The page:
Five ways you can encourage your child to be more social

Worried that your child doesn’t play with other children enough – or doesn’t want to? Here are five ways you can encourage them to be more social.

Now that social media has us all under its hypnotic spell, we can sometimes forget the importance of making real-life connections.

Encouraging children to engage in real-life interactions with their peers can prove extremely challenging. These days, many young people suffer from acute social anxiety, and the thought of a big event or  group activity can be daunting, even to the most confident of kids. 

We’ve put together some ideas to help you support your child as they step away from their smartphones and video games, and head into the world of face-to-face friend-making. 

1) Suggest a summer school

Encouraging your child to go on a trip with young people of similar ages will allow them to meet new friends from different backgrounds and learn about the world.

Attending a summer school, for example, will not only be educational and a great way to prepare for higher education, but it will also give them a chance to flex their social muscles and form bonds with people from different countries, religions or family backgrounds from their own; an invaluable life lesson and loads of fun too. 

2) Help them discover their inner show-off

One of the top ways to boost a child’s confidence is through drama and acting. It can be terrifying to brave the stage, with the risk of embarrassment pretty high, but these kinds of experiences can actually be one of the quickest ways to break the ice and build bonds for life.

Even if your child doesn’t fancy a starring role or a solo dance number, they can stay backstage to help with tasks like make-up, costume, scenery and stage-management. All will not only build their teamwork skills, but it will also give them a real sense of accomplishment. 

3) Get them into sports

If learning lines is not their thing, your child might be better suited to the high-fiving unity offered by team sports. From netball to martial arts, swimming to basketball, there are many different levels of team interaction that your kid can choose from. 

Whatever they opt for, they will benefit from the social perks of joining a group that practices together each week, even if they ultimately compete alone.

Winning and losing together both bring their own life lessons and should allow your child to express their triumph and despair in a way that helps them learn and grow.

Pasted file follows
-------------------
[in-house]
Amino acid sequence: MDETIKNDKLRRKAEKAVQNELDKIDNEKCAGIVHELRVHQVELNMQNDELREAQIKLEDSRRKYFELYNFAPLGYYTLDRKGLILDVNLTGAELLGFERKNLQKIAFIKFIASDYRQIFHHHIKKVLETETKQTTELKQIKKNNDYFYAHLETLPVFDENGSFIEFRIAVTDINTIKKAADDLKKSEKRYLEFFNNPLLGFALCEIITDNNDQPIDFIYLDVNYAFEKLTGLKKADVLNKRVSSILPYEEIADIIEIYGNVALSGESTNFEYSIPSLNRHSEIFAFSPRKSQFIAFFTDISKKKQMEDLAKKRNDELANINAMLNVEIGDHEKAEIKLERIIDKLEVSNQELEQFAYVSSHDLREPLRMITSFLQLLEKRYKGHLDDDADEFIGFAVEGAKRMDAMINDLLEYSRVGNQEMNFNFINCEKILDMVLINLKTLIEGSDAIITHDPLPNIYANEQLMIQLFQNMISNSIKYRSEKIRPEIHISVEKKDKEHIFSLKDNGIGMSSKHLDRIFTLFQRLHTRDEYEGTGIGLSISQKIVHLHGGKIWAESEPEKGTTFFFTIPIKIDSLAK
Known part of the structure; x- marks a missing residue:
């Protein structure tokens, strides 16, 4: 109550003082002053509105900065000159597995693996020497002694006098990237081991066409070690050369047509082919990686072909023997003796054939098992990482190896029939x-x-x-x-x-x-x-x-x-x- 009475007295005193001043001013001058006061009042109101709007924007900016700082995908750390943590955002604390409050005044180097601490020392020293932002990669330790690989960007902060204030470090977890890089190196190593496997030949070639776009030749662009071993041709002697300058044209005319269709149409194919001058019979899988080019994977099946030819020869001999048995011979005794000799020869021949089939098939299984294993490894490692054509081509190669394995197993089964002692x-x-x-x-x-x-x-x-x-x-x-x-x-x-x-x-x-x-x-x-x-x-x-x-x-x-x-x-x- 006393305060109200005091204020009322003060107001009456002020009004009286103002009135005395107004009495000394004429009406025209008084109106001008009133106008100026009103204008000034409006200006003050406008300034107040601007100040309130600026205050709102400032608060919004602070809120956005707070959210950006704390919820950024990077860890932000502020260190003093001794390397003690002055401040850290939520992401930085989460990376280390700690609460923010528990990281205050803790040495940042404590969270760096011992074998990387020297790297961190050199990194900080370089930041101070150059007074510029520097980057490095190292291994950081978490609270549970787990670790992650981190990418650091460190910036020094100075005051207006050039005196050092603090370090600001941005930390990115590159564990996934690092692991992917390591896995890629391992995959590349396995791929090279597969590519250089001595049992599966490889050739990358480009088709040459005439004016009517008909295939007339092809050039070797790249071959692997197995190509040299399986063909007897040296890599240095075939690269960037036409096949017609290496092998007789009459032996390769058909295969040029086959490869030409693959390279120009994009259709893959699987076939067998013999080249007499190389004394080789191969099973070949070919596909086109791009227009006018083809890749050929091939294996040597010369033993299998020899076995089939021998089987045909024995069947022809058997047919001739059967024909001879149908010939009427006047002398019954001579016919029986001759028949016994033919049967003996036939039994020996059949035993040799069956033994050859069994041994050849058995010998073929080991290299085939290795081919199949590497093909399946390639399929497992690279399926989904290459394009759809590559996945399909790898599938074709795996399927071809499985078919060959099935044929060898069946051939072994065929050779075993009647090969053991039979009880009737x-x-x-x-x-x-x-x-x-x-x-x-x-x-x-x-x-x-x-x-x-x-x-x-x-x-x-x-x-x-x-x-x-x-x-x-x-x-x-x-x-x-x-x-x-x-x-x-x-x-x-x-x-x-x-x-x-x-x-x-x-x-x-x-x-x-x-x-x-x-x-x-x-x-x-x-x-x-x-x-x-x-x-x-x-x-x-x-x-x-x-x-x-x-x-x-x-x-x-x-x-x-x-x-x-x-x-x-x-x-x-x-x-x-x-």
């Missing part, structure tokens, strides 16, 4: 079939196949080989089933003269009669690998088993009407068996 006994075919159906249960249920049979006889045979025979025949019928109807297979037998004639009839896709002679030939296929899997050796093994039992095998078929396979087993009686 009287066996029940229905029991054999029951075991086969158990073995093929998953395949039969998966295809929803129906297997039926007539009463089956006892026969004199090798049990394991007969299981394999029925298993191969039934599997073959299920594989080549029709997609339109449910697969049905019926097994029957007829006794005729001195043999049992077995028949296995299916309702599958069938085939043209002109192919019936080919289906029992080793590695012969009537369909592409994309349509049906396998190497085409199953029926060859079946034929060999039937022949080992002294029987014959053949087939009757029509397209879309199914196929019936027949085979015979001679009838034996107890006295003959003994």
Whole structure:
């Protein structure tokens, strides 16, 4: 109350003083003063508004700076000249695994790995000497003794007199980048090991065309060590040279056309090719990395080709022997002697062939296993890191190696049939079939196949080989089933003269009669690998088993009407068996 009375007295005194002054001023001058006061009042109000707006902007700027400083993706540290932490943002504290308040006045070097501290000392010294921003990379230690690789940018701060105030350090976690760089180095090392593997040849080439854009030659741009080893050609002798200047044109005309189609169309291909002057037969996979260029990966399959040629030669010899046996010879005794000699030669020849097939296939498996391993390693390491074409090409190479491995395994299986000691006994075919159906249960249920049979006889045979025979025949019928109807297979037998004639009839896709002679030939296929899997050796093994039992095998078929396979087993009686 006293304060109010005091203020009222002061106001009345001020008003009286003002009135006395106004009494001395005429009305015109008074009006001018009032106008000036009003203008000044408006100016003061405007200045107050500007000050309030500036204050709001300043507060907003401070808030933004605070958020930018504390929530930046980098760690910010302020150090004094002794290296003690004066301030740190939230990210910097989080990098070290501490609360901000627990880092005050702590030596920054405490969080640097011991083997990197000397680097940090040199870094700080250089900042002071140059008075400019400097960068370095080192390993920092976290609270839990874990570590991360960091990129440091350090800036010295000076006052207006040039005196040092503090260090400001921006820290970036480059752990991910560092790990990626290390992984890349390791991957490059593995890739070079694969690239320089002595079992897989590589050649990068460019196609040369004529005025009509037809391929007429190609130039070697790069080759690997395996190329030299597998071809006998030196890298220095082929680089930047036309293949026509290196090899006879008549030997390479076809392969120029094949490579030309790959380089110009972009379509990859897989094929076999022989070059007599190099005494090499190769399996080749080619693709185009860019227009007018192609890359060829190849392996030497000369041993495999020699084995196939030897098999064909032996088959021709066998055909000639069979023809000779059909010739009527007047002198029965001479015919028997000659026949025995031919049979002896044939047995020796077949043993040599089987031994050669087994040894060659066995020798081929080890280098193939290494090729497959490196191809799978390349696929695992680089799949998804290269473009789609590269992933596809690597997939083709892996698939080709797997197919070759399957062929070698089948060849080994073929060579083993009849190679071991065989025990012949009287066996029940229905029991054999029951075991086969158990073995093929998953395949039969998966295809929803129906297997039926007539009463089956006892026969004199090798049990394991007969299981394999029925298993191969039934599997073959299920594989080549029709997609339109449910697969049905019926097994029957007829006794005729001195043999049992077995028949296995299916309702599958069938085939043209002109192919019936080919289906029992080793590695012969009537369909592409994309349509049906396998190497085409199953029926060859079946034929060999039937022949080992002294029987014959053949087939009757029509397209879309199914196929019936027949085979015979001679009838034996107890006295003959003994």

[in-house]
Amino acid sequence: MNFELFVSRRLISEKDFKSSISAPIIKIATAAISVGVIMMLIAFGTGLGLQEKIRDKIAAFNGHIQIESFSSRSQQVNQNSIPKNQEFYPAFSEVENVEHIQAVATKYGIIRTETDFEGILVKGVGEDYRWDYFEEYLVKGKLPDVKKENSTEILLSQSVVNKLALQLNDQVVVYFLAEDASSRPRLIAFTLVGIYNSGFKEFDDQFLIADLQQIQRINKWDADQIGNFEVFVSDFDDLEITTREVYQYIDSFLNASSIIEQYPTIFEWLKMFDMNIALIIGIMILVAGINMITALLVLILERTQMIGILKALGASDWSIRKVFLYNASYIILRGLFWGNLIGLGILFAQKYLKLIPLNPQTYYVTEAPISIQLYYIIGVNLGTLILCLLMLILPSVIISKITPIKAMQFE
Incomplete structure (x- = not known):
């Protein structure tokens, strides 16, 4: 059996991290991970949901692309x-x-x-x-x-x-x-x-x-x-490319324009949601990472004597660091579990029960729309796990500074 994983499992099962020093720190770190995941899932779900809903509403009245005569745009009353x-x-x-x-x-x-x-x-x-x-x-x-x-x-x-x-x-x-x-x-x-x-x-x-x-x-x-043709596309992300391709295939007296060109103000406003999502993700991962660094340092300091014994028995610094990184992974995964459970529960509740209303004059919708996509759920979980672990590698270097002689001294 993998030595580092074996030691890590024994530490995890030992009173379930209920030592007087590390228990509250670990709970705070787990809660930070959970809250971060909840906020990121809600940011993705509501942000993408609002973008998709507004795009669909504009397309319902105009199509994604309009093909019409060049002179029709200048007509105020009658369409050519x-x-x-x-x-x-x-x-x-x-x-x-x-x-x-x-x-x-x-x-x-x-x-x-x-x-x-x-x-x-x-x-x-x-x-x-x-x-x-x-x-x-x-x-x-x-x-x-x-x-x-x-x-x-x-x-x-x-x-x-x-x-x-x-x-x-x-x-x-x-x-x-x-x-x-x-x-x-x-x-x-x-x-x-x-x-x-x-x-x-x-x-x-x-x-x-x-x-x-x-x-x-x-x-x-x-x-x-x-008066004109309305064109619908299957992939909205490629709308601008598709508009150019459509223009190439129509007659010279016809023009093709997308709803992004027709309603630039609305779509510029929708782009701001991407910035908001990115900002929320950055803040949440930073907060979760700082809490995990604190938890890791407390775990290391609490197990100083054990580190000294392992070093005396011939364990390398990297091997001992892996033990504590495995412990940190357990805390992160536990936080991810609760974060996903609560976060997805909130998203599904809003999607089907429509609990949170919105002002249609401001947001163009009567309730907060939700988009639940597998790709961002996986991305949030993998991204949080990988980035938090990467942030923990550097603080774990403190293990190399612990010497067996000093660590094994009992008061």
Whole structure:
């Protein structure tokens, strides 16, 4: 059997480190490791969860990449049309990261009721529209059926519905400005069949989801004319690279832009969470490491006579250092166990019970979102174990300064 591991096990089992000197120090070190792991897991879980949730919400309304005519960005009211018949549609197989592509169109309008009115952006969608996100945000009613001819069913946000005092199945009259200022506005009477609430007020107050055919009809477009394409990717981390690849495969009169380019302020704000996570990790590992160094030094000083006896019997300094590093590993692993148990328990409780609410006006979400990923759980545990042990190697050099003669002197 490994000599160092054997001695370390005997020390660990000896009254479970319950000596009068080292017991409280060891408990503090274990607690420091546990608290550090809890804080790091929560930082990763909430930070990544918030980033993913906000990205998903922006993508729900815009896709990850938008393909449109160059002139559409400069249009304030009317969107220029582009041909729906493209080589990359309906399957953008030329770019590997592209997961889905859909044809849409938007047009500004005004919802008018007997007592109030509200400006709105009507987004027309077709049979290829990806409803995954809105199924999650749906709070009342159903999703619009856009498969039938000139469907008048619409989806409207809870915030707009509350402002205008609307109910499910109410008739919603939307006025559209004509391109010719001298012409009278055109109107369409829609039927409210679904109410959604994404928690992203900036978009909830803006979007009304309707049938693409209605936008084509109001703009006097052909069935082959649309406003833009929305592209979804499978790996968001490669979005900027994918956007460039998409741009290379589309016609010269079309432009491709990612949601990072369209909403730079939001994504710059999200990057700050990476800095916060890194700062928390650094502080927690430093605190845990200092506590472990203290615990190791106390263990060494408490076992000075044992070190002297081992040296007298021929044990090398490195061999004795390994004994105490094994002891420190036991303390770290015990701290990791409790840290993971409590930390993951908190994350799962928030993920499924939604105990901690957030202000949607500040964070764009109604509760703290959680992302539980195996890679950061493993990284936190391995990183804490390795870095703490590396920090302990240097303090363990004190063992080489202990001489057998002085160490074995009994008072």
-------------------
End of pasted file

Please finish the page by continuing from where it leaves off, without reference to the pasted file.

4) Practice at home

Family time is so important, no matter if you’ve got a raucous brood of cackling cousins and over-sharing aunties or it’s just you and your child.

Time spent at home can slip pretty easily into an uninspiring routine of dinner, television and bed, but allowing your child to express themselves with you is brilliant practice for the intimidating outside world. 

Swap smartphones at the table for a dinnertime chat, and consider pen-and-paper gamesthat help your child to articulate concepts and emotions. Communicating as a family will equip your offspring with the skills they need to form friendships and present themselves in more challenging social moments. 

5) Help them use social media differently

Platforms like SnapChat, Instagram and Twitter can get a bad reputation for spreading negativity by inspiring feelings of inferiority and competition.

As a parent, these things are worth keeping in mind of course, but you may actually change your child’s life if you make the effort to alter their perspective on social media. It is important that they are aware that what they see on the screen is not always the reality.

Go through their feed with them and unfollow anyone who sparks negative emotions. This includes anyone whose apparently perfect life inspires envy, an account that brings out their own judgemental streak or an ‘influencer’ promoting unrealistic ideals. Suggest making their social media a place where they share their achievements, uplifting, honest ideas and experiences.

Encourage them to have positive interactions with other users they know in real life. This could probably help us all to remember why we love the internet in the first place: it connects us.

Photo by Ben White